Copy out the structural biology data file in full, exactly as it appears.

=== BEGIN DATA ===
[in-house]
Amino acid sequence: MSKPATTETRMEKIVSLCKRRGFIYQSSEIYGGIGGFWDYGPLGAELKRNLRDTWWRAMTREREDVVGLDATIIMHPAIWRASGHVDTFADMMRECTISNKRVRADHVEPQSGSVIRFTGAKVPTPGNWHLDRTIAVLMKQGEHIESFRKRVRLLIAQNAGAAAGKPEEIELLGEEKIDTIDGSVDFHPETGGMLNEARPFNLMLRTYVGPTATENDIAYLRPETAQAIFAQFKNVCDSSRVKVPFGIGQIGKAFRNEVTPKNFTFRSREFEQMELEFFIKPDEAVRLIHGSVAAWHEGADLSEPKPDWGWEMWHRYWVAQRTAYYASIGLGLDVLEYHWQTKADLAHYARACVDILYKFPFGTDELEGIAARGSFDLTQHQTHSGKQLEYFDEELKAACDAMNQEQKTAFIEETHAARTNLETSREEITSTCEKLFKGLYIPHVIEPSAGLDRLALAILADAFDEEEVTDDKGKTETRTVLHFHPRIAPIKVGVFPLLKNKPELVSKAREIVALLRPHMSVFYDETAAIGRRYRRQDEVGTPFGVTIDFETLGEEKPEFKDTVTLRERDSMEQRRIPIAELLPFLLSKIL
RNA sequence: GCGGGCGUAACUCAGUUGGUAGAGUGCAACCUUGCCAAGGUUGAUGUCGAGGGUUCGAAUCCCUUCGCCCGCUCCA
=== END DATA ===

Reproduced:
[in-house]
Amino acid sequence: MSKPATTETRMEKIVSLCKRRGFIYQSSEIYGGIGGFWDYGPLGAELKRNLRDTWWRAMTREREDVVGLDATIIMHPAIWRASGHVDTFADMMRECTISNKRVRADHVEPQSGSVIRFTGAKVPTPGNWHLDRTIAVLMKQGEHIESFRKRVRLLIAQNAGAAAGKPEEIELLGEEKIDTIDGSVDFHPETGGMLNEARPFNLMLRTYVGPTATENDIAYLRPETAQAIFAQFKNVCDSSRVKVPFGIGQIGKAFRNEVTPKNFTFRSREFEQMELEFFIKPDEAVRLIHGSVAAWHEGADLSEPKPDWGWEMWHRYWVAQRTAYYASIGLGLDVLEYHWQTKADLAHYARACVDILYKFPFGTDELEGIAARGSFDLTQHQTHSGKQLEYFDEELKAACDAMNQEQKTAFIEETHAARTNLETSREEITSTCEKLFKGLYIPHVIEPSAGLDRLALAILADAFDEEEVTDDKGKTETRTVLHFHPRIAPIKVGVFPLLKNKPELVSKAREIVALLRPHMSVFYDETAAIGRRYRRQDEVGTPFGVTIDFETLGEEKPEFKDTVTLRERDSMEQRRIPIAELLPFLLSKIL
RNA sequence: GCGGGCGUAACUCAGUUGGUAGAGUGCAACCUUGCCAAGGUUGAUGUCGAGGGUUCGAAUCCCUUCGCCCGCUCCA